Since 1905, Red Wing has remained consistent in producing high-quality boots and shoes. The American footwear manufacturer is one of the most popular in the industry today. And if you’re looking for a 6-inch boot, you’re bound to be impressed by the Red Wing Blacksmith or Red Wing Beckman- they are among the company’s best-selling welted boots and arguably the most versatile boots on the market.
As a round toe style boot, the Beckman has been designed from Red Wing’s exclusive Cigar Featherstone dress leather, which sports a polished surface that radiates striking elegance and quality.
The Blacksmith, meanwhile, has been made with the blacksmith in mind. It has a Vibram 430 mini-lug sole that will outlive any regular boot you own. It looks rugged and reliable, ready to withstand a harsh beating, and still looks great.
So which one is the best buy?
Both boots are quite similar but have several differences that make each one special in its own right. We will explore the similarities and differences between Red Wing Blacksmith and Beckman so that you can choose the boot that best suits your needs.
Red Wing Blacksmith Vs Beckman: The Differences
Blacksmith vs. Beckman: Leather Comparison
The most notable difference between the Red Wing Blacksmith and Beckman is leather utilized in the uppers. While the Beckman features Cigar Featherstone Smooth Finished leather, the Blacksmith uses Copper Rough and Tough Oil-tanned leather.
The oil-tanned leather on Red Wing Blacksmith is water, stain, and perspiration resistant. The upper is incredibly durable and has a more natural appearance because it has not been subjected to too much processing.
Another pro of oil-tanned leather is that it develops a nice patina over time. That means your boots will develop an agreeable “worn in” look that’s usually found on high-quality leather. While other leather/fabric loses their charm the more, you wear them. This leather gets much better. You just need to take good care of it. So if you want a boot that can withstand a beating and still look good, the Blacksmith booth can make a great choice.
One downside, however, is that oil-tanned leather on the Red Wing Blacksmith cannot be shined or polished. That means the Blacksmith isn’t really the best if you’re looking for a dress boot.
The Beckman, meanwhile, seems to be the bran’s answer to a cleaner, dressier boot. The leather employed in the boots’ uppers is an S.B Foot Tanning Co. A smooth-finished leather. Contrary to blacksmith’s rugged oil-tanned leather, smooth-finished leather has a glossier appearance that looks best when cleaned and polished.
The smooth finished leather is also less likely to discolor and more likely to soften over time, which is not the case with Blacksmith’s patina. However, this leaves more room for scuffs and wrinkles with wear. But on the bright side, Red Wing Beckman boots make an excellent choice for dress boots. The smooth finished leather on the uppers delivers beauty and elegance. And you just need some polish to maintain their striking classic look.
Another significant difference between Red Wing Blacksmith and Beckman is the outsoles attached to the heel and forepart. The Red Wing Blacksmith comes with a Vibram 430 Mini-Lug outsole, which is the same sole offered in the popular Iron Ranger model. The outsole is perfect for the Blacksmith in that it complements the boot’s rugged work-wear aesthetics.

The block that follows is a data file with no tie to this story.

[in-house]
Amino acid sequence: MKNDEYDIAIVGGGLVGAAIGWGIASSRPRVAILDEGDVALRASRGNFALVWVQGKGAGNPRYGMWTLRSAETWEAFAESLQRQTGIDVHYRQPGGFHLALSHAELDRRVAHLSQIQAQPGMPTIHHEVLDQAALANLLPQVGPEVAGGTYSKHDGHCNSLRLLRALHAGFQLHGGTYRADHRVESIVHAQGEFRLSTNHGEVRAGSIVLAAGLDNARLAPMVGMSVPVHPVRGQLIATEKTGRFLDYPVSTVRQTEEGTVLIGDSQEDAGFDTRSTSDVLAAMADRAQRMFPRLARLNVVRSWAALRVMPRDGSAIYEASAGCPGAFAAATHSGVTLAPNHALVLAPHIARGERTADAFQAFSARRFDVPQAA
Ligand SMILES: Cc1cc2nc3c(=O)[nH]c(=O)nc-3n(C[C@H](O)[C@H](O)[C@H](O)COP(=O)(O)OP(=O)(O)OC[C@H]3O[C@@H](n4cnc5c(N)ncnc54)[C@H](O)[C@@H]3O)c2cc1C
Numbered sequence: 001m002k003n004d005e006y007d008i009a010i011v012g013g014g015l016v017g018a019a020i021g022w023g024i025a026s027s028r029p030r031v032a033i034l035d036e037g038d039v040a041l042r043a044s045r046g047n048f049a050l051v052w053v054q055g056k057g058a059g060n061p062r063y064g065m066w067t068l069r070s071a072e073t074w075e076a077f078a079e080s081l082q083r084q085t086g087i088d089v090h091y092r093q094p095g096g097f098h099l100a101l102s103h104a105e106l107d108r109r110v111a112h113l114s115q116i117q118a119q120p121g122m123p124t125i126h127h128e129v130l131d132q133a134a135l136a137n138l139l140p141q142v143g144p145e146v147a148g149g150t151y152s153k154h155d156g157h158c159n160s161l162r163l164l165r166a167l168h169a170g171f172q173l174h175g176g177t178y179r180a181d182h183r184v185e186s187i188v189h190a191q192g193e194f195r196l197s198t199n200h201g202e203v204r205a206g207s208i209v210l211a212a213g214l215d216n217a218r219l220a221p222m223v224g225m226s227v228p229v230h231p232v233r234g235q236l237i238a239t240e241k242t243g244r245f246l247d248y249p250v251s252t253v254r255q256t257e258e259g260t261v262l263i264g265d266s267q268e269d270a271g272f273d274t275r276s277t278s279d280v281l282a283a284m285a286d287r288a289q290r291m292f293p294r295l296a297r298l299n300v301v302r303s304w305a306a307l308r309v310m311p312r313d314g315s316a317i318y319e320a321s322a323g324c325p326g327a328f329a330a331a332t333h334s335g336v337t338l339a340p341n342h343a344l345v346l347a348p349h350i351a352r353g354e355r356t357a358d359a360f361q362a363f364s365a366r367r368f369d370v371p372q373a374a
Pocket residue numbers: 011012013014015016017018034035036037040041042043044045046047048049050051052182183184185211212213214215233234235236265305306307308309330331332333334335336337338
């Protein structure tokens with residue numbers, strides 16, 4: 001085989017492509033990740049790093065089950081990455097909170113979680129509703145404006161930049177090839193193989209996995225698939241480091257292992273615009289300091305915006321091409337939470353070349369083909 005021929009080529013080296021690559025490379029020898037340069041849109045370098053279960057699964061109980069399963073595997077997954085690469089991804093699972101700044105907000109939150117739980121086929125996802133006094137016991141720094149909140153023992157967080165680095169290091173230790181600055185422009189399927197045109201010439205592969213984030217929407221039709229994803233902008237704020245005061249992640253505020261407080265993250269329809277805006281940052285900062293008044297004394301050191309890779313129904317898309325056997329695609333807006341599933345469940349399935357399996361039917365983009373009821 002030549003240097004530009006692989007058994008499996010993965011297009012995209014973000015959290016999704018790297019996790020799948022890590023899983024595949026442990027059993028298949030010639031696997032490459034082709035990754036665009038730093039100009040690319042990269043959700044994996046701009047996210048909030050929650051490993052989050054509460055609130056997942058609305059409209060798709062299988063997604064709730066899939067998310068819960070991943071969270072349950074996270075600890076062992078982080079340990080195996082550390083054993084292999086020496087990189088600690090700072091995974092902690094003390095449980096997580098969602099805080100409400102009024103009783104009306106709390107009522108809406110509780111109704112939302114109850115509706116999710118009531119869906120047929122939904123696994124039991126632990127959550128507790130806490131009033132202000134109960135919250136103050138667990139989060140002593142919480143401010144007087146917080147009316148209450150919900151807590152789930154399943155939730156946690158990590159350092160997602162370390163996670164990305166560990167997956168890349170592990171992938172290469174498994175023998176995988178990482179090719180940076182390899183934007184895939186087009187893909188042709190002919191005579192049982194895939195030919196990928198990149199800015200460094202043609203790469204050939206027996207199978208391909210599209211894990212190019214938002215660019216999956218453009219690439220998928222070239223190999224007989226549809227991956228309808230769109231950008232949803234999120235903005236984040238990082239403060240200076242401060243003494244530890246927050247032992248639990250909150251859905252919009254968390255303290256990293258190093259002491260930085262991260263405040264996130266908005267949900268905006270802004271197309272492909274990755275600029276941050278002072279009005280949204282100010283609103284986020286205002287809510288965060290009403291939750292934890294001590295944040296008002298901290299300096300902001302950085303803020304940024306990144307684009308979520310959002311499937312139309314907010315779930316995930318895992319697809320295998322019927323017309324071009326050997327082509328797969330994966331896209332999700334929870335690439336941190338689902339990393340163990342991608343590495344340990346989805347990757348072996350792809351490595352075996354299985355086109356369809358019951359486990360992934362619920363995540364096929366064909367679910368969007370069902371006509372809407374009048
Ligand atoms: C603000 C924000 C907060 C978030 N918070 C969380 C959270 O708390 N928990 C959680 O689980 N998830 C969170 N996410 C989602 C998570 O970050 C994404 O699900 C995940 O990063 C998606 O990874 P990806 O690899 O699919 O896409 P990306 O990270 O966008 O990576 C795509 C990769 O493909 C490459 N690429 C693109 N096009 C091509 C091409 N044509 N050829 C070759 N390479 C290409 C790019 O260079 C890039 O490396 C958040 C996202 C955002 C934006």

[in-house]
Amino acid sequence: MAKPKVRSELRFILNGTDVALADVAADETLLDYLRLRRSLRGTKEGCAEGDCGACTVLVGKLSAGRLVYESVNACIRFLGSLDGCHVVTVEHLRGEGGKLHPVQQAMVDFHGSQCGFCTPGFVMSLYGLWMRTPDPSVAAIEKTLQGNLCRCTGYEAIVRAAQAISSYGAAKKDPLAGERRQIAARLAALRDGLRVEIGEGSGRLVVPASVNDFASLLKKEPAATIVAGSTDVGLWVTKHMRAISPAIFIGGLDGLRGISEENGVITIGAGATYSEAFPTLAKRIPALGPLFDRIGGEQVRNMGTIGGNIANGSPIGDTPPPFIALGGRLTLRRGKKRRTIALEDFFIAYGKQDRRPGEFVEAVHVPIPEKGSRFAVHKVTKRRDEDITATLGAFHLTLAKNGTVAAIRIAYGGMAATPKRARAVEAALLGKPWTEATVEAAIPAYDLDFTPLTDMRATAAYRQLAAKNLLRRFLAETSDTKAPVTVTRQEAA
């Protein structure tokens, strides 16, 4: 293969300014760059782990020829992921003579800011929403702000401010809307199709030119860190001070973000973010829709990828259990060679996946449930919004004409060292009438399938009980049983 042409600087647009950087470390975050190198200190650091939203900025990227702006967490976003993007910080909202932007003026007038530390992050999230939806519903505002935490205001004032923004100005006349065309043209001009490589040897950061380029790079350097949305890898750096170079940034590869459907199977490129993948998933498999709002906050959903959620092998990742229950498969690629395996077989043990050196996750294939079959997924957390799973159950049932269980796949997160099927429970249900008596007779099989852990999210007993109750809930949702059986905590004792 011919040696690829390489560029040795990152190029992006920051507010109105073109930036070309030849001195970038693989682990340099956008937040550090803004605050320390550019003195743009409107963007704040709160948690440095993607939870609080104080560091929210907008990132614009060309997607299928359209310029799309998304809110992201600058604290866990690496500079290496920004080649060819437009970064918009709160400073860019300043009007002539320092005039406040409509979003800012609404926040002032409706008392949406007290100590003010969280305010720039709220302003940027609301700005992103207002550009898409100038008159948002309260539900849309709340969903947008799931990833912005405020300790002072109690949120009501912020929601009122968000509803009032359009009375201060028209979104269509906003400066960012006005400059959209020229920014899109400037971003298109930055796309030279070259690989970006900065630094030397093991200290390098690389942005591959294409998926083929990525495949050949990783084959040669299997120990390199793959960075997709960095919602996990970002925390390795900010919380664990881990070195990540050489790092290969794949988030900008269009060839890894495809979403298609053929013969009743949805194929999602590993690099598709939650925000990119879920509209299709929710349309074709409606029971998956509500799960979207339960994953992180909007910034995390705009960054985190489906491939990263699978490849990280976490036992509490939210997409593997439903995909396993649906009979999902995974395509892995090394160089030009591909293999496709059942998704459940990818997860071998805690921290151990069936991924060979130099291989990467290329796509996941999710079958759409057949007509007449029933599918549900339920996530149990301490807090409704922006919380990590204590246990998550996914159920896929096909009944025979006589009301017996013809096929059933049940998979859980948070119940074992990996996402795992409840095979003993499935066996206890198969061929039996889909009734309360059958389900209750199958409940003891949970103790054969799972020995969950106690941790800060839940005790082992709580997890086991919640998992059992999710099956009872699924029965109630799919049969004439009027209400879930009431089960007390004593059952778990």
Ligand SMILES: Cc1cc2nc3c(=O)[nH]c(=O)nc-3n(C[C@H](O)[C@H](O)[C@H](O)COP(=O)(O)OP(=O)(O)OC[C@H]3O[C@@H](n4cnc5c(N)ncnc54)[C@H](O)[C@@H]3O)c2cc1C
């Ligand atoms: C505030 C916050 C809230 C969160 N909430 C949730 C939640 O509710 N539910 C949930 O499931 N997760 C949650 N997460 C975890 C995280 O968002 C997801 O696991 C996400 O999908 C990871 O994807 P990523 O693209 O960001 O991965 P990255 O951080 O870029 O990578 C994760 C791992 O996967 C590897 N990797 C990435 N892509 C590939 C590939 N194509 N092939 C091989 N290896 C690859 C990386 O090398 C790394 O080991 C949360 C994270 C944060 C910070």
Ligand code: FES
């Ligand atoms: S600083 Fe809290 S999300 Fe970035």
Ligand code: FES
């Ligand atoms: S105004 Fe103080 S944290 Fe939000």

This Vibram mini-lug is made of nitrile cork and is equipped with shallow lugs in the middle to enhance traction. The outsole is anti-slip and works very well when walking in the rain and in other wet conditions.
Meanwhile, the Red Wing Beckman comes with a leather sole with rubber Vibram Roccia outsoles attached to the forepart and the heel. It’s a popular outsole design whose variants are used in many outdoor boots, such as Timberland 6-inch boots and Merell Wilderness. It has deep lugs for traction and excellent shock absorbency for comfort.
Overall, if you’re comparing Blacksmith vs. Beckman for winter wear, then it’s safe to say that the Beckman sole has the advantage.
Blacksmith vs. Beckman: Construction
Coming down to construction, this is where Red Wing Blacksmith and Beckman have the most similarities. Both models feature a Goodyear welt construction that enables them to be resoled and repaired over time. In fact, one of the most impressive things about Red Wings boots is that they can be recrafted, allowing owners to stretch the lifetime of the boot.
It’s good to state that the big difference between the Blacksmith and Beckman stems in their leather finish outsoles. Both models are even developed on the same Red Wing number 8 last, meaning you can expect the same fit in both styles after they’re broken in.
The Bottom Line
We are convinced that this Red Wing Blacksmith vs. Beckman comparison has answered the various dominant questions.
Although both boot styles have a lot in common, the most notable highlight between Blacksmith and Beckman is overall style. The Blacksmith stays true to its work boot roots with tough leather and non-slip soles. The Beckman comes with a more refined look as enhanced by the polishable leather and beefier soles, which are better suited for urban commutes.
Thus far, the best choice depends on which style best suits your needs and lifestyle.
You might want to pick the Red Wing Blacksmith if you want a classic boot that sticks to its workwear heritage. Their oil-tanned leather only looks better over time as it develops its unique patina.
You might want to choose the Red Wing Beckman if you prefer a polishable boot that can be dressed up or down. The smooth finish of the leather is perfect for those looking for a versatile boot that can be worn just about anywhere. Plus, the Beckman’s Roccia outsoles are also great for year-round wear.